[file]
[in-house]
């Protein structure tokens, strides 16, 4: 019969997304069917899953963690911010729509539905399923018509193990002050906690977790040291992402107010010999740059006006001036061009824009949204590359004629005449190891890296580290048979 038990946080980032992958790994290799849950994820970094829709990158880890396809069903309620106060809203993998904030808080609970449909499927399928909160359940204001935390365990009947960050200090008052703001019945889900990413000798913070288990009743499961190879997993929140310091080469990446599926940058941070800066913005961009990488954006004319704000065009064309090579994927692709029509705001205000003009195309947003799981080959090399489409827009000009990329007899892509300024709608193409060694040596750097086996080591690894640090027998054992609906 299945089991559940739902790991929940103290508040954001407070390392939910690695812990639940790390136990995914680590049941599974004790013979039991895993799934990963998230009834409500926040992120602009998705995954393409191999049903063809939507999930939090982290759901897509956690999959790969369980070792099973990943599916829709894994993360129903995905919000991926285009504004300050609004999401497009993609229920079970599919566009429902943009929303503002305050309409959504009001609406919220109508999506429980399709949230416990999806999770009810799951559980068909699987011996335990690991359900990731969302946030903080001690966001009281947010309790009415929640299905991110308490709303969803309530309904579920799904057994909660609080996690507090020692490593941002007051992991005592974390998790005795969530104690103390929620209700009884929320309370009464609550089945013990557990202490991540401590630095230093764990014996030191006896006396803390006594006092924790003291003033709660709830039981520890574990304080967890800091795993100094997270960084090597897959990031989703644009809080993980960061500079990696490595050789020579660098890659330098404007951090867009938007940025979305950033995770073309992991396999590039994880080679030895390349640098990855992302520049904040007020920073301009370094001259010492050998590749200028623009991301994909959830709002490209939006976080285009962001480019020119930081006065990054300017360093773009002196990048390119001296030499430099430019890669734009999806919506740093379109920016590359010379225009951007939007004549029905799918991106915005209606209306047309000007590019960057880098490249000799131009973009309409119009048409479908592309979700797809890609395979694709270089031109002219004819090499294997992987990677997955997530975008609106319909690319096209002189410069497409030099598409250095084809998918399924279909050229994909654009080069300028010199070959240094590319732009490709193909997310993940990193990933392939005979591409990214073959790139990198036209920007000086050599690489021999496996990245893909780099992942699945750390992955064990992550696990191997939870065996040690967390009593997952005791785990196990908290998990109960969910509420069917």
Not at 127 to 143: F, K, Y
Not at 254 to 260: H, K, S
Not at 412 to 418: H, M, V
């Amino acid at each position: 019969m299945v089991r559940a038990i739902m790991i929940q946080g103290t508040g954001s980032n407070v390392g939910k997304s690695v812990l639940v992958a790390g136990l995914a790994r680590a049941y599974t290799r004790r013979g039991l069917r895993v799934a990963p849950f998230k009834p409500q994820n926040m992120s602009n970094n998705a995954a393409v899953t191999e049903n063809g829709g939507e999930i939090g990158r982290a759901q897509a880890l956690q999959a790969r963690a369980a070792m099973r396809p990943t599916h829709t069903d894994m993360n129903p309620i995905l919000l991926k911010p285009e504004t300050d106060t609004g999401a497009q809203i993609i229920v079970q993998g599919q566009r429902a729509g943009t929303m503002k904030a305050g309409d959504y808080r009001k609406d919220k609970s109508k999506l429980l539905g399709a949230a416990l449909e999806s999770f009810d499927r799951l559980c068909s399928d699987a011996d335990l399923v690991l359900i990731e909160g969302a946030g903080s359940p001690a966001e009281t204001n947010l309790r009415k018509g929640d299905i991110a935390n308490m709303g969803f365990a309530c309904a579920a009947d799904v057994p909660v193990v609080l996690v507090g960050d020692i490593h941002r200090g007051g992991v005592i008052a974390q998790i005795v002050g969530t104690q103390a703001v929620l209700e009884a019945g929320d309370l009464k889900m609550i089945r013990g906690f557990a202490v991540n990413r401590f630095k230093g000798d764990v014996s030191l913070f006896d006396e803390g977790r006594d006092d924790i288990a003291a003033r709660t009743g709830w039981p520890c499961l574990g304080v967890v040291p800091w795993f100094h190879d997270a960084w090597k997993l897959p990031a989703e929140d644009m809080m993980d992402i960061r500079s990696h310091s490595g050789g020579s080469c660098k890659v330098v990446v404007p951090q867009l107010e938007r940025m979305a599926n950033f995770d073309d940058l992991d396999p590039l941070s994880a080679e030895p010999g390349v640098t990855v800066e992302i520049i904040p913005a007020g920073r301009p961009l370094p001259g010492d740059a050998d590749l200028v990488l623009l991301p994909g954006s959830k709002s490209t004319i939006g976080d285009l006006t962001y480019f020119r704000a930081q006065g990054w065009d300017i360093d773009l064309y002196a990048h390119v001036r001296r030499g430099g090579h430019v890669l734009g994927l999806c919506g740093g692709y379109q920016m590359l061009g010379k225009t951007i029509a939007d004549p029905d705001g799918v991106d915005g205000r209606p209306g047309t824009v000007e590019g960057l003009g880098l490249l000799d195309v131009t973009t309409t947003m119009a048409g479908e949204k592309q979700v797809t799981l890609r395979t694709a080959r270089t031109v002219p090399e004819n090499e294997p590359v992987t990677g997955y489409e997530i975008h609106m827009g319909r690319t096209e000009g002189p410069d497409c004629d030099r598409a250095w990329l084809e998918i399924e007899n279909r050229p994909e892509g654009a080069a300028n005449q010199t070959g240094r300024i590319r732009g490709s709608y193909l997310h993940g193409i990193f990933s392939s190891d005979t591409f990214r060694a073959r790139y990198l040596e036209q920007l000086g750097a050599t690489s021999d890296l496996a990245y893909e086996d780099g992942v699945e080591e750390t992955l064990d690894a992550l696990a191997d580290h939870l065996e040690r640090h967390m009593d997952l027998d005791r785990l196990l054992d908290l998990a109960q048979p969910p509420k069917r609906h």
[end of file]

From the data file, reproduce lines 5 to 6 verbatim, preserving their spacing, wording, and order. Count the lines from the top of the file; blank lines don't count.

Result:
Not at 412 to 418: H, M, V
């Amino acid at each position: 019969m299945v089991r559940a038990i739902m790991i929940q946080g103290t508040g954001s980032n407070v390392g939910k997304s690695v812990l639940v992958a790390g136990l995914a790994r680590a049941y599974t290799r004790r013979g039991l069917r895993v799934a990963p849950f998230k009834p409500q994820n926040m992120s602009n970094n998705a995954a393409v899953t191999e049903n063809g829709g939507e999930i939090g990158r982290a759901q897509a880890l956690q999959a790969r963690a369980a070792m099973r396809p990943t599916h829709t069903d894994m993360n129903p309620i995905l919000l991926k911010p285009e504004t300050d106060t609004g999401a497009q809203i993609i229920v079970q993998g599919q566009r429902a729509g943009t929303m503002k904030a305050g309409d959504y808080r009001k609406d919220k609970s109508k999506l429980l539905g399709a949230a416990l449909e999806s999770f009810d499927r799951l559980c068909s399928d699987a011996d335990l399923v690991l359900i990731e909160g969302a946030g903080s359940p001690a966001e009281t204001n947010l309790r009415k018509g929640d299905i991110a935390n308490m709303g969803f365990a309530c309904a579920a009947d799904v057994p909660v193990v609080l996690v507090g960050d020692i490593h941002r200090g007051g992991v005592i008052a974390q998790i005795v002050g969530t104690q103390a703001v929620l209700e009884a019945g929320d309370l009464k889900m609550i089945r013990g906690f557990a202490v991540n990413r401590f630095k230093g000798d764990v014996s030191l913070f006896d006396e803390g977790r006594d006092d924790i288990a003291a003033r709660t009743g709830w039981p520890c499961l574990g304080v967890v040291p800091w795993f100094h190879d997270a960084w090597k997993l897959p990031a989703e929140d644009m809080m993980d992402i960061r500079s990696h310091s490595g050789g020579s080469c660098k890659v330098v990446v404007p951090q867009l107010e938007r940025m979305a599926n950033f995770d073309d940058l992991d396999p590039l941070s994880a080679e030895p010999g390349v640098t990855v800066e992302i520049i904040p913005a007020g920073r301009p961009l370094p001259g010492d740059a050998d590749l200028v990488l623009l991301p994909g954006s959830k709002s490209t004319i939006g976080d285009l006006t962001y480019f020119r704000a930081q006065g990054w065009d300017i360093d773009l064309y002196a990048h390119v001036r001296r030499g430099g090579h430019v890669l734009g994927l999806c919506g740093g692709y379109q920016m590359l061009g010379k225009t951007i029509a939007d004549p029905d705001g799918v991106d915005g205000r209606p209306g047309t824009v000007e590019g960057l003009g880098l490249l000799d195309v131009t973009t309409t947003m119009a048409g479908e949204k592309q979700v797809t799981l890609r395979t694709a080959r270089t031109v002219p090399e004819n090499e294997p590359v992987t990677g997955y489409e997530i975008h609106m827009g319909r690319t096209e000009g002189p410069d497409c004629d030099r598409a250095w990329l084809e998918i399924e007899n279909r050229p994909e892509g654009a080069a300028n005449q010199t070959g240094r300024i590319r732009g490709s709608y193909l997310h993940g193409i990193f990933s392939s190891d005979t591409f990214r060694a073959r790139y990198l040596e036209q920007l000086g750097a050599t690489s021999d890296l496996a990245y893909e086996d780099g992942v699945e080591e750390t992955l064990d690894a992550l696990a191997d580290h939870l065996e040690r640090h967390m009593d997952l027998d005791r785990l196990l054992d908290l998990a109960q048979p969910p509420k069917r609906h």